Cheap Genetic Testing At Home?

A brilliant idea may bring expensive medical tests into reach using nothing more exotic than home computer with a CD drive. Up until now, many specific protein tests have relied on $100,000 fluorescent protein readers.

Researchers at the University of California San Diego have used a conventional inkjet printer, CD drive, and Linux software to achieve the same results. They burned the CD with some music (Beethoven’s Fifth) to provide a background digital pattern. Their printer has an attachment for printing labels on the backs of CDs. Reversing the CDs in the printer, and putting reactive molecules in the printer cartridges instead of ink, the creators of this new technology spray the mirror face of a recordable CD with invisible molecules that will react with a specific protein, thus making a CD for a specific lab test.

These CDs could be produced and sold widely, a different CD for each test or group of tests. Then the surface is wiped with a sample from a patient and cleaned (spit and wipe, for instance). If the protein you are testing for is present, it will stick to the molecules “printed” on the CD. Pop the CD into a conventional computer drive, and a program can read the difference between the original CD recording and the results after wiping with the sample. This could lead to easy, inexpensive home testing, not just for AIDS, pregnancy, step throat, etc. but also for a long list of genetic conditions that now require major laboratories to do sophisticated tests.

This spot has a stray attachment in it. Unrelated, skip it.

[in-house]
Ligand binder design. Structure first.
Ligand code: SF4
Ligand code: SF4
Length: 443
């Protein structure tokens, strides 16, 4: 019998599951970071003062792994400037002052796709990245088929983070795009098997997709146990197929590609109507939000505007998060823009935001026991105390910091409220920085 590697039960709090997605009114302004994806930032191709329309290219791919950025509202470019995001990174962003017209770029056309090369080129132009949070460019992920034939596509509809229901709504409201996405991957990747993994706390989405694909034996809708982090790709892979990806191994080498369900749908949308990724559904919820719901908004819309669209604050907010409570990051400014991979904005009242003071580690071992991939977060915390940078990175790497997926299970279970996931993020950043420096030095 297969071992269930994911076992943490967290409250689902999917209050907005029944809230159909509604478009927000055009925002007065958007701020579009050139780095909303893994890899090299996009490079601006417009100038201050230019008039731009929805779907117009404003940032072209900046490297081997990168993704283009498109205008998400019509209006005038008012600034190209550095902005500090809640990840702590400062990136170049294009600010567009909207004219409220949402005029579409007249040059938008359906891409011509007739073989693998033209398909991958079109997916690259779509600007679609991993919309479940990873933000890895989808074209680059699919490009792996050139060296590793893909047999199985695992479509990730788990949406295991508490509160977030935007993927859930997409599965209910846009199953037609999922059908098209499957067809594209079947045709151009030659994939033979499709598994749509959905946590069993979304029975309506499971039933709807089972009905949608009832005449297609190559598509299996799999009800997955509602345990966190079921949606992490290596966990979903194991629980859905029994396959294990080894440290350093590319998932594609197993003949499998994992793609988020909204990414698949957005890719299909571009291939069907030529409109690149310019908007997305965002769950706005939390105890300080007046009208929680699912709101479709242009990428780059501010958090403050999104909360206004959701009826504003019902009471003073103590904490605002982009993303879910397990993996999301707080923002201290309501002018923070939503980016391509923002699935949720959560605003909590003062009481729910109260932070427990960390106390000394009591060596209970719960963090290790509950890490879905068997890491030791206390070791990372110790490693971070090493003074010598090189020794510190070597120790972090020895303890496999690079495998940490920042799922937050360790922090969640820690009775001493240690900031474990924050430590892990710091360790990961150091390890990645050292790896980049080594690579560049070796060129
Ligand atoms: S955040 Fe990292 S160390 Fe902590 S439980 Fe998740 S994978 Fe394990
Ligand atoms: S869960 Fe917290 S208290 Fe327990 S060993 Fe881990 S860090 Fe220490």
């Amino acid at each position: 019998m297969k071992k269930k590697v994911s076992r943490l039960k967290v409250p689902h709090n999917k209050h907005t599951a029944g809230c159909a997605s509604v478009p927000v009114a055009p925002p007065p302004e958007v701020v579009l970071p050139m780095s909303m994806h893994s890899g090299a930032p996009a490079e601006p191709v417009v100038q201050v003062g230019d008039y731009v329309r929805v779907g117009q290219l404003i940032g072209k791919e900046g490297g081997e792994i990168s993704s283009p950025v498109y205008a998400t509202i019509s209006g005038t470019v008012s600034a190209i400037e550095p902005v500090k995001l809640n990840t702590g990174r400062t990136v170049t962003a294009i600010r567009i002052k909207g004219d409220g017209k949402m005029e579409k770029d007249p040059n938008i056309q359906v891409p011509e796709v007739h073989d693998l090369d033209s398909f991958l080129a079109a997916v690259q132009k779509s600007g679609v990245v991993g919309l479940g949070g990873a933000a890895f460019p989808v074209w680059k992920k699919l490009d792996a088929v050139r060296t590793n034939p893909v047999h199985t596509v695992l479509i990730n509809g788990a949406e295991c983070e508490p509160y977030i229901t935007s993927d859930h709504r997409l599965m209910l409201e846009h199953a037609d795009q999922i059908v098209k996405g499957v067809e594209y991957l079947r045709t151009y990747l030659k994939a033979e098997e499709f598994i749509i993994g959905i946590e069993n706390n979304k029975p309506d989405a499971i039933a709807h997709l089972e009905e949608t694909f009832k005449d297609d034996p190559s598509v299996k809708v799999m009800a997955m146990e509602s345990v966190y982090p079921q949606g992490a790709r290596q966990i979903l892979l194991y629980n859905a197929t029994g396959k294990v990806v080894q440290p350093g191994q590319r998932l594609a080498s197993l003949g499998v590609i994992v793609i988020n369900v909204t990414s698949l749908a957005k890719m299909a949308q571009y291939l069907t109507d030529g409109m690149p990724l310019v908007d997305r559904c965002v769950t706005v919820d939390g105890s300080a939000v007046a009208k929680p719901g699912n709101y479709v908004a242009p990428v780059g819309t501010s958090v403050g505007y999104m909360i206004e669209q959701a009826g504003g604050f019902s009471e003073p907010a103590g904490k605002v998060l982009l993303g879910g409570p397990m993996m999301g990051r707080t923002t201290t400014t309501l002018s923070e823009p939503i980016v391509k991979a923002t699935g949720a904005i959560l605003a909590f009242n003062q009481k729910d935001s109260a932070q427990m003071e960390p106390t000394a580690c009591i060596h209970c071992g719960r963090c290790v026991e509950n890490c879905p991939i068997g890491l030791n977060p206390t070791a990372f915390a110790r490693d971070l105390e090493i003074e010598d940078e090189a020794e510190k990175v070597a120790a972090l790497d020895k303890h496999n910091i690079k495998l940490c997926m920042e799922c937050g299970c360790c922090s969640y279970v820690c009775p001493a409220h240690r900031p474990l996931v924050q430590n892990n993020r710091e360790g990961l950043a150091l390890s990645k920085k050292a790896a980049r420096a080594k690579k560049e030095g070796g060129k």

The team plans to distribute their idea through open-source licencing. The Royal Society of Chemistry will publish their paper in their September 21, 2003 Journal of Organic and Biomolecular Chemistry. This work could lead to a new era in medical testing and information, much like the Model T car did to transportation. This could change everything.

Published on: August 25, 2003
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Dr. Greene is a practicing physician, author, national and international TEDx speaker, and global health advocate. He is a graduate of Princeton University and University of California San Francisco.
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